The story, “the ominous baby” is probably the shortest story by Stephen crane. It is a story about a baby wondering in a strange country in tatters, yellow hair and soiled dress. The baby had sun-tanned knees and torn pair shoes from which peeped his toes. Walking in strange district, the boy looked pale and confused. For example, he gazed at the house cleaners and at the man-carrying chrysanthemum, only to be turned away from the rich district because he was dirty. When he saw a pretty child in fine clothes playing with a toy on a pavement, he wanted the pretty baby to play with him, but was turned away by the owner of the toy. The owner is likened to a monster running down the walk at top speed, his tongue was clanging like a bell and his legs were galloping. He said "Say," he murmured, "le’ me play wif it?" but is tuned down with a very stern "No," the boy was out of luck as the boy in tartars came back with a toy and he took a supreme tug and wrenched the string from the pretty boy’s grip and ran into a swallowing cavern. The ominous baby is similar to “the open boat” because they book talk about sojourners in a foreign land, but their reception is quite different.
Decide if the story focuses on plot, character, setting, or irony. Explain why you think so.
The most outstanding thing about the story is that it focuses on the character. For example, the ominous baby is characterized as poverty ridden but aggressive. The main character a small boy in tatters portrays the theme of class, economic position and greed. The author also juxtaposes the boy in tatter with a pretty boy with beautiful toy. The boy in tatters from a poor district may have succeeded in talking the crimson toy from the boy in fine clothes, but may never succeed in becoming rich. The class struggle is seen as the boy in taters wrestles the toy from the pretty boy’s hands and runs back into his poverty stricken district. These forces of class, realism, and naturalism are clearly portrayed as they are in the modern world (Brown 32)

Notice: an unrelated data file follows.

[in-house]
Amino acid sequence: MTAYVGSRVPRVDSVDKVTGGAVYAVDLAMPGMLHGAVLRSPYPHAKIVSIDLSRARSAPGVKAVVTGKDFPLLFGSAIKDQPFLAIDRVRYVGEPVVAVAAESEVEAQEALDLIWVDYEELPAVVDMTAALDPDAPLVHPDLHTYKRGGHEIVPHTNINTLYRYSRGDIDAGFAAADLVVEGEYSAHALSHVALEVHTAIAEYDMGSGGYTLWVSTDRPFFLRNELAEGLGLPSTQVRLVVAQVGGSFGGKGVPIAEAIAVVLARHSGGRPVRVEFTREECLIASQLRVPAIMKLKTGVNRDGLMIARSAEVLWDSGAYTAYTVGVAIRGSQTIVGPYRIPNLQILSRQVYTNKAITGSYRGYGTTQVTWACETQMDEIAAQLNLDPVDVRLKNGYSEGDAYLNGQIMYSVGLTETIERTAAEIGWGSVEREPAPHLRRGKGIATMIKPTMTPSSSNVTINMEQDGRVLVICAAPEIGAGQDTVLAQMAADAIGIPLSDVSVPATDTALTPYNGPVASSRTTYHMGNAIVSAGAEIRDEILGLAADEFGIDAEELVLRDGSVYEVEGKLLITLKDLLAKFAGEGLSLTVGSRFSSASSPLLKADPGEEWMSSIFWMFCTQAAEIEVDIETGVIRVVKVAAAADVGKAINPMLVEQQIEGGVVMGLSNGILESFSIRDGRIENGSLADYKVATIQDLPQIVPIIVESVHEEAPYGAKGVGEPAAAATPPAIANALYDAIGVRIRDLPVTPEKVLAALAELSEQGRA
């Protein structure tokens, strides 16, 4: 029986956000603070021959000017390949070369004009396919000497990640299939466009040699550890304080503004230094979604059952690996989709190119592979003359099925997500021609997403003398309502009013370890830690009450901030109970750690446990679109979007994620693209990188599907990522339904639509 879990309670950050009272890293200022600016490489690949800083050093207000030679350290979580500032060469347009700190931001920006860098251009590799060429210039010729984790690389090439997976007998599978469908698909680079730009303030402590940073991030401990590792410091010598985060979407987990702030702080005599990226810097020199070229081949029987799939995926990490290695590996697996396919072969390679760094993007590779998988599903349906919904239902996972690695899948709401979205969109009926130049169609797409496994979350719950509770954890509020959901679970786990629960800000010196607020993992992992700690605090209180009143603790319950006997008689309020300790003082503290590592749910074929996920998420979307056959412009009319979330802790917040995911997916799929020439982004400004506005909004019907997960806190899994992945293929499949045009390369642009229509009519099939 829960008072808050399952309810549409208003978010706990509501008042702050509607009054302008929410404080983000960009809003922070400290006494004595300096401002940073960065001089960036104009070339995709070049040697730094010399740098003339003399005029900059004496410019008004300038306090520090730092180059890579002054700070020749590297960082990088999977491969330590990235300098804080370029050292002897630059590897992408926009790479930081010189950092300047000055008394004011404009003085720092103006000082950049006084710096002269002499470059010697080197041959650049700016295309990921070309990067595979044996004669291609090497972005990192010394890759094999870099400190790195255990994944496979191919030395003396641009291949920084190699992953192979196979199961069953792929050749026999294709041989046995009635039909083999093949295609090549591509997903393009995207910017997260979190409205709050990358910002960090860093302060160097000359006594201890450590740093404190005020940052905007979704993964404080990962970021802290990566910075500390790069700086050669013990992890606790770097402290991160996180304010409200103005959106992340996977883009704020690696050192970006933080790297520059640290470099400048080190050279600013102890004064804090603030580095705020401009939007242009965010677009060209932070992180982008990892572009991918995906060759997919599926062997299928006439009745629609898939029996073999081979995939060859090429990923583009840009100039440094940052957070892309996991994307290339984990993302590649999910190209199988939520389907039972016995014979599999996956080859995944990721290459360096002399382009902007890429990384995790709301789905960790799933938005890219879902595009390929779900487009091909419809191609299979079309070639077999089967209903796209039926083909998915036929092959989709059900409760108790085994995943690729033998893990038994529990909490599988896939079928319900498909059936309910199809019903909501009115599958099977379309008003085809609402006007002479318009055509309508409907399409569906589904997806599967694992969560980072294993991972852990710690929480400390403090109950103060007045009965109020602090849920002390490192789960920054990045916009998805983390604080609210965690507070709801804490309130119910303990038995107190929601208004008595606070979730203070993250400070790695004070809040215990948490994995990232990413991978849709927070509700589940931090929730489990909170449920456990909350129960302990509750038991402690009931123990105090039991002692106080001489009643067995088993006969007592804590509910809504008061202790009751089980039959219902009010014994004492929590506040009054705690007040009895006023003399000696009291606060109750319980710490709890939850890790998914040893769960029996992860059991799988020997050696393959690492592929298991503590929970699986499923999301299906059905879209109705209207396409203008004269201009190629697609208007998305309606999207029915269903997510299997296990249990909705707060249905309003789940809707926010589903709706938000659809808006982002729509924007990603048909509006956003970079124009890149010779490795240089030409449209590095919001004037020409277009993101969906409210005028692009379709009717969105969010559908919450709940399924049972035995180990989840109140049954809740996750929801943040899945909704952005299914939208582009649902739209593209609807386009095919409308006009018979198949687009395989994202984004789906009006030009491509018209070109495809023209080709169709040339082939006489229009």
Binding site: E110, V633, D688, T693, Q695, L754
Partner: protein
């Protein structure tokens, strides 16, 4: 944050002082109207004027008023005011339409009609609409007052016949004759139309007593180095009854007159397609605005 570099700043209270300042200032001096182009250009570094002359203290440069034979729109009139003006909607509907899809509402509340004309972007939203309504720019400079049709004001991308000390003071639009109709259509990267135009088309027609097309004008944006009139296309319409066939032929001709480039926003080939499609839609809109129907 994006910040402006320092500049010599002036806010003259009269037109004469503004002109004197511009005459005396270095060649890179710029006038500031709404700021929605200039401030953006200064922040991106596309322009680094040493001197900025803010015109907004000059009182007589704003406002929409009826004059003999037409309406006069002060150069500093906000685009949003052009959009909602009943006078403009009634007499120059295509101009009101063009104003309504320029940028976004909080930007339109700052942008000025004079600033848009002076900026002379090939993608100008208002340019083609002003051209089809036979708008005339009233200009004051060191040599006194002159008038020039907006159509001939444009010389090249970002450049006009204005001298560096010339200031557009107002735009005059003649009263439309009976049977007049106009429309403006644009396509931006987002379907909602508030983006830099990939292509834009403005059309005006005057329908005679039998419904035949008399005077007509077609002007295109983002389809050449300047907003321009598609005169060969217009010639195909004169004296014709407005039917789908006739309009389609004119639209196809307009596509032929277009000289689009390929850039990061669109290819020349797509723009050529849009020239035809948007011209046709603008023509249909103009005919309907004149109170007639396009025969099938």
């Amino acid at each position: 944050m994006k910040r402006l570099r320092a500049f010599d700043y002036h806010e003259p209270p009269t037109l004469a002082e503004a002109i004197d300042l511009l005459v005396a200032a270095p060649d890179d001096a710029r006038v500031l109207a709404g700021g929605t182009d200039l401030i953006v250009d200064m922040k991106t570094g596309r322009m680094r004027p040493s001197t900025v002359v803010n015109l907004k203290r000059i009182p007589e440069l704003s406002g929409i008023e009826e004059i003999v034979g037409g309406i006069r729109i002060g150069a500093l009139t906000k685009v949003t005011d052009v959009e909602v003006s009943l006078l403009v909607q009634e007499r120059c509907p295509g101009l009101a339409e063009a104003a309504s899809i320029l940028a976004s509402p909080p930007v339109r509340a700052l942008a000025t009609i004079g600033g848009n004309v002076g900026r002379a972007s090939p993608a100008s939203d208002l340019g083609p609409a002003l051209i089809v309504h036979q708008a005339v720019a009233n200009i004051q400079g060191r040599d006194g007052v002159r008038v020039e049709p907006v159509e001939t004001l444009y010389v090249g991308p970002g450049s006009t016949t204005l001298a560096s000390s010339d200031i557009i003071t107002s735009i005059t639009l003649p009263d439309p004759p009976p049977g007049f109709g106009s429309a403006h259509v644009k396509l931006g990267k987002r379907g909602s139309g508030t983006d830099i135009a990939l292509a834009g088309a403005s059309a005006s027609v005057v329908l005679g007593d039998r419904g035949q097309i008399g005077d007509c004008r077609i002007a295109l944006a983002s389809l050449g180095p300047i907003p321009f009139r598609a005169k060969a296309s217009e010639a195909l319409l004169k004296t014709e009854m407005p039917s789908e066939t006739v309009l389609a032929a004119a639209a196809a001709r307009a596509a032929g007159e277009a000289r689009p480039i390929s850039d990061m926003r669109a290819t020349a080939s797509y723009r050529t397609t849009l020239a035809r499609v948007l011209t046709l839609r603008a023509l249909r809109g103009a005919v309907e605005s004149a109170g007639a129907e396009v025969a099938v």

Pick one significant quotation from the story and explain what you think it means fully. Cite the quotation with the page number.
The quotation, “Well, le’ me play wif it?" said by the wandering baby introduced us to the boys background. For example based on the slang, it is easy to understand the boy’s background. The boy seems to be from a background characterized by low social economic status and probably a ghetto or as shanty. The boy does not seem to have gone to school based on the slang and the way he pronounces words. The pretty boy may have come from rich family where school is important because he is self-conscious with his use of words. From the quote, the boy does not seem to be begging for something he does not own, he is sure that he can own the toy anytime but just asks casually to be allowed to play with the toy.
Finally, write about three different things that are similar about the story you read and the story we read in class by the same author that would help you remember that they are both by the same author.
Stephen Crane focuses on common thing is almost all his works. For example, he has not departed from his theme of man vs. nature as well as the theme of survival and solidarity. In his story the open boat, he dwells on his trip on a boat and the day their boat capsizes prompting them to struggle to survive. On the other hand, in the story, the ominous baby, he tends to portray class struggle and survival (Wertheim, &, Sorrentino 87)
Style and genre
Stephen also uses similar style and genre in most o his works. For example, most of his stories are short stories. He has not departed from the use of isolation to portray the role of man in the universe both in isolation and in a society. Most of the characters in his story are either struggling against nature, or social systems (Schaefer 132)
Style and Technique
In all his stories, his main style and technique could be termed as a representative of Naturalism, American realism, or Impressionism. While this was a common style during his era, Stephen used these style and techniques in many books that he became known for the same techniques. Most of his critics referred to him as an impressionist because he uses generic syncretism because he uses the dominant genre to record the emerging phenomena that completely disrupt the preconceived conceptual precondition of the genre.
Schaefer, Michael W.. A Reader’s Guide to the Short Stories of Stephen Crane. New York: G.K. Hall & Co. 1996. Print
Wertheim, Stanley and Paul Sorrentino.. The Crane Log: A Documentary Life of Stephen Crane, 1871–1900. New York: G. K. Hall & Co. 1994. Print
Bill Brown. The Material Unconscious: American Amusement, Stephen Crane & the Economies of Play. Harvard University Press, 1996. Print